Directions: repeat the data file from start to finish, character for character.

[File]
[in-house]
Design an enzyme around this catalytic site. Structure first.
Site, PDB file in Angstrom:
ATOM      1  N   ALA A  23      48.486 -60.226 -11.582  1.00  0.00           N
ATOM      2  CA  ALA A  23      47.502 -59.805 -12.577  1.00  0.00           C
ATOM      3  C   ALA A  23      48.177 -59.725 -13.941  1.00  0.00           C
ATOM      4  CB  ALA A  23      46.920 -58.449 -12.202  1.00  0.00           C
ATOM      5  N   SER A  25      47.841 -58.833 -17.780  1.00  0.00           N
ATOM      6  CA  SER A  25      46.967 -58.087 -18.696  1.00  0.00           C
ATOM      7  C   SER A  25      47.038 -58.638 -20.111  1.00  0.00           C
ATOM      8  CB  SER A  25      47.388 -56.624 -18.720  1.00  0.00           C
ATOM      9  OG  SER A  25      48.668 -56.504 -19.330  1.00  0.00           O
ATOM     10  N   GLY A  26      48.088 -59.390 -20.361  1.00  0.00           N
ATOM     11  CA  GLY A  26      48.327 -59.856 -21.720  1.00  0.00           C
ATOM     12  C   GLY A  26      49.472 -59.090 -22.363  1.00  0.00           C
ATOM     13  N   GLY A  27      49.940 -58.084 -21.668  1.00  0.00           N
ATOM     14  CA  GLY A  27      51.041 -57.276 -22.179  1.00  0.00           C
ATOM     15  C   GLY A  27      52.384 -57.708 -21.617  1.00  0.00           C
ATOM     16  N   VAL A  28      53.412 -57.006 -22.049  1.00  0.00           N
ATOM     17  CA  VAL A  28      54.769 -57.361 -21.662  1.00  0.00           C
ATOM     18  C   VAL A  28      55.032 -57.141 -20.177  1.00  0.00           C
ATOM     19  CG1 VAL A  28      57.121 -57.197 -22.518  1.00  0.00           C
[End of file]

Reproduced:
[in-house]
Design an enzyme around this catalytic site. Structure first.
Site, PDB file in Angstrom:
ATOM      1  N   ALA A  23      48.486 -60.226 -11.582  1.00  0.00           N
ATOM      2  CA  ALA A  23      47.502 -59.805 -12.577  1.00  0.00           C
ATOM      3  C   ALA A  23      48.177 -59.725 -13.941  1.00  0.00           C
ATOM      4  CB  ALA A  23      46.920 -58.449 -12.202  1.00  0.00           C
ATOM      5  N   SER A  25      47.841 -58.833 -17.780  1.00  0.00           N
ATOM      6  CA  SER A  25      46.967 -58.087 -18.696  1.00  0.00           C
ATOM      7  C   SER A  25      47.038 -58.638 -20.111  1.00  0.00           C
ATOM      8  CB  SER A  25      47.388 -56.624 -18.720  1.00  0.00           C
ATOM      9  OG  SER A  25      48.668 -56.504 -19.330  1.00  0.00           O
ATOM     10  N   GLY A  26      48.088 -59.390 -20.361  1.00  0.00           N
ATOM     11  CA  GLY A  26      48.327 -59.856 -21.720  1.00  0.00           C
ATOM     12  C   GLY A  26      49.472 -59.090 -22.363  1.00  0.00           C
ATOM     13  N   GLY A  27      49.940 -58.084 -21.668  1.00  0.00           N
ATOM     14  CA  GLY A  27      51.041 -57.276 -22.179  1.00  0.00           C
ATOM     15  C   GLY A  27      52.384 -57.708 -21.617  1.00  0.00           C
ATOM     16  N   VAL A  28      53.412 -57.006 -22.049  1.00  0.00           N
ATOM     17  CA  VAL A  28      54.769 -57.361 -21.662  1.00  0.00           C
ATOM     18  C   VAL A  28      55.032 -57.141 -20.177  1.00  0.00           C
ATOM     19  CG1 VAL A  28      57.121 -57.197 -22.518  1.00  0.00           C